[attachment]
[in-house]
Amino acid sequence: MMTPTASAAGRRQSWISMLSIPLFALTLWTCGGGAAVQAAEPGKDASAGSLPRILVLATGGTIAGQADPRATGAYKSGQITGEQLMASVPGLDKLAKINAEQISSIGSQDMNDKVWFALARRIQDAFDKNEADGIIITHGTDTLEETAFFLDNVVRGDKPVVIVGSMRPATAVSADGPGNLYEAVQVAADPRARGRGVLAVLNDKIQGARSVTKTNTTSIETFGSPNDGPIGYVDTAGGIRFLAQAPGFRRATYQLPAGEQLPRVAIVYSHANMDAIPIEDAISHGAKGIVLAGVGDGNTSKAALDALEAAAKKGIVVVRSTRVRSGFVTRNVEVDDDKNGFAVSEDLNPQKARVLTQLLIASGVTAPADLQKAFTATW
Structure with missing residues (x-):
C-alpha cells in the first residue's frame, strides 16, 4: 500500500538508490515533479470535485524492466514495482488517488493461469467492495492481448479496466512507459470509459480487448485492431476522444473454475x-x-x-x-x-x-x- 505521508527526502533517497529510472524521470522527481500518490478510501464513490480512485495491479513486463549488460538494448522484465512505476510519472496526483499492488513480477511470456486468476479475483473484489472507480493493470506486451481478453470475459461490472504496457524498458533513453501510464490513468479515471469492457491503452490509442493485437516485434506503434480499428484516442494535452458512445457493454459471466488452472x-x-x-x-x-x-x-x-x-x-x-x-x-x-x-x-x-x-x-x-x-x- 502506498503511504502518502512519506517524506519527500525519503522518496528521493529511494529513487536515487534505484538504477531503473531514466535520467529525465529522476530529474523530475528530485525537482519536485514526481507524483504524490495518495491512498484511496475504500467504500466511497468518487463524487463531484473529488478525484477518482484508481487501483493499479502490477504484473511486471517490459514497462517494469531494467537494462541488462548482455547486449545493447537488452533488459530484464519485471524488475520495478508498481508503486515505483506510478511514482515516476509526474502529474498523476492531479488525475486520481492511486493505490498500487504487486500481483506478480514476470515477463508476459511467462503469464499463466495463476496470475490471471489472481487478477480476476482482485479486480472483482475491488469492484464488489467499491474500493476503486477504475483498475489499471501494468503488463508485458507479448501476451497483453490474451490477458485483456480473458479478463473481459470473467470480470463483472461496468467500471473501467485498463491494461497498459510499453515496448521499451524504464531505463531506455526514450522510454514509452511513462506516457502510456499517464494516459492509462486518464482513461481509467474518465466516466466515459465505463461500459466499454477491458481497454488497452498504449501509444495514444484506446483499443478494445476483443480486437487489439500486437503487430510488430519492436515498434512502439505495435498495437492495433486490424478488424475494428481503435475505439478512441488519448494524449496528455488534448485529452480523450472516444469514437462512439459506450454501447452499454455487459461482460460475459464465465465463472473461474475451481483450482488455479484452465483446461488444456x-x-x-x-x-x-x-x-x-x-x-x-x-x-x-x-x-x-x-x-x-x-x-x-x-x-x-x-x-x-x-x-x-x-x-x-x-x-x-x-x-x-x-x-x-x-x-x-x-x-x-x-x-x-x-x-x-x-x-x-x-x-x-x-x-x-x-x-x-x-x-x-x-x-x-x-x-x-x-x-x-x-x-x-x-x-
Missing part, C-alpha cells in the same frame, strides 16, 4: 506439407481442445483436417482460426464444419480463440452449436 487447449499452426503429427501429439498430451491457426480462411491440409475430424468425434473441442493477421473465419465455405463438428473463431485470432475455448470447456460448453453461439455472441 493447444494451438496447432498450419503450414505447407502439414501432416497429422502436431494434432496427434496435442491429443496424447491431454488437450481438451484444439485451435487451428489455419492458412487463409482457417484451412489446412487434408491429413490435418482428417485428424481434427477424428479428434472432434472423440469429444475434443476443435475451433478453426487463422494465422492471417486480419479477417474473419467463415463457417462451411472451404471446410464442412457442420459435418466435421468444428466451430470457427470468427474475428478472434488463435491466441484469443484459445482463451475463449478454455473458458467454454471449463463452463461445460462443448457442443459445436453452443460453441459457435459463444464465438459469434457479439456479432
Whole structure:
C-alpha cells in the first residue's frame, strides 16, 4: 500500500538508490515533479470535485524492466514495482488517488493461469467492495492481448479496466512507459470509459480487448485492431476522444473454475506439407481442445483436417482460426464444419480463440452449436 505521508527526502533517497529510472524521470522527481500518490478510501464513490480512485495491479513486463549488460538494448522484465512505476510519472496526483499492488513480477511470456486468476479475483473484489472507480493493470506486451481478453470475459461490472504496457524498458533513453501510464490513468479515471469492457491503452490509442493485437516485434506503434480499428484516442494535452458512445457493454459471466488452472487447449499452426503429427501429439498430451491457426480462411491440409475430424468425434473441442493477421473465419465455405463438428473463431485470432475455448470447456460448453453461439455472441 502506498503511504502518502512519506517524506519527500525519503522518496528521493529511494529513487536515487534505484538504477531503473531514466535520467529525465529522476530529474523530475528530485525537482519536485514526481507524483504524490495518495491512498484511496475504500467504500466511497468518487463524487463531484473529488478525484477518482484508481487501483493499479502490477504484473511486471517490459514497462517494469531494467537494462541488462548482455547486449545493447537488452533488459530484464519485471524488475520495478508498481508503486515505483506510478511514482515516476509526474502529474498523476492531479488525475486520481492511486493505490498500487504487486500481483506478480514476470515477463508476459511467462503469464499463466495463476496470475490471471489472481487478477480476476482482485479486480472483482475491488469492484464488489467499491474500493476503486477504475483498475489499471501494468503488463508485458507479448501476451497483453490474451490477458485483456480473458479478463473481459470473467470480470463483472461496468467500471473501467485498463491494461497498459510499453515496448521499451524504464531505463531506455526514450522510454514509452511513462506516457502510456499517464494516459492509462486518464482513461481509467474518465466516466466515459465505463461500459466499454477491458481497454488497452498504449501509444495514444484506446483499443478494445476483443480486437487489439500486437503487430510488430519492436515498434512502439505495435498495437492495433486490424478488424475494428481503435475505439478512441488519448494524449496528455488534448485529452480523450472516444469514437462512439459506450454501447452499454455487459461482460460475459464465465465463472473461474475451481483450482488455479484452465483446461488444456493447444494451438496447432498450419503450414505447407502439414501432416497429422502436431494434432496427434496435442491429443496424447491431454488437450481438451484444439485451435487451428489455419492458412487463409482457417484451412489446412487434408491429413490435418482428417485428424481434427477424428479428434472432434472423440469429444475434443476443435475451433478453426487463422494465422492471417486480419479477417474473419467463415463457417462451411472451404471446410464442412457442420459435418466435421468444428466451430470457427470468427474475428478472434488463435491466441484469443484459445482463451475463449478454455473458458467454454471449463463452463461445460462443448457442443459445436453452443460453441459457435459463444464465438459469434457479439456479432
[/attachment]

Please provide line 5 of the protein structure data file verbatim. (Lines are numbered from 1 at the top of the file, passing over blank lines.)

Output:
Missing part, C-alpha cells in the same frame, strides 16, 4: 506439407481442445483436417482460426464444419480463440452449436 487447449499452426503429427501429439498430451491457426480462411491440409475430424468425434473441442493477421473465419465455405463438428473463431485470432475455448470447456460448453453461439455472441 493447444494451438496447432498450419503450414505447407502439414501432416497429422502436431494434432496427434496435442491429443496424447491431454488437450481438451484444439485451435487451428489455419492458412487463409482457417484451412489446412487434408491429413490435418482428417485428424481434427477424428479428434472432434472423440469429444475434443476443435475451433478453426487463422494465422492471417486480419479477417474473419467463415463457417462451411472451404471446410464442412457442420459435418466435421468444428466451430470457427470468427474475428478472434488463435491466441484469443484459445482463451475463449478454455473458458467454454471449463463452463461445460462443448457442443459445436453452443460453441459457435459463444464465438459469434457479439456479432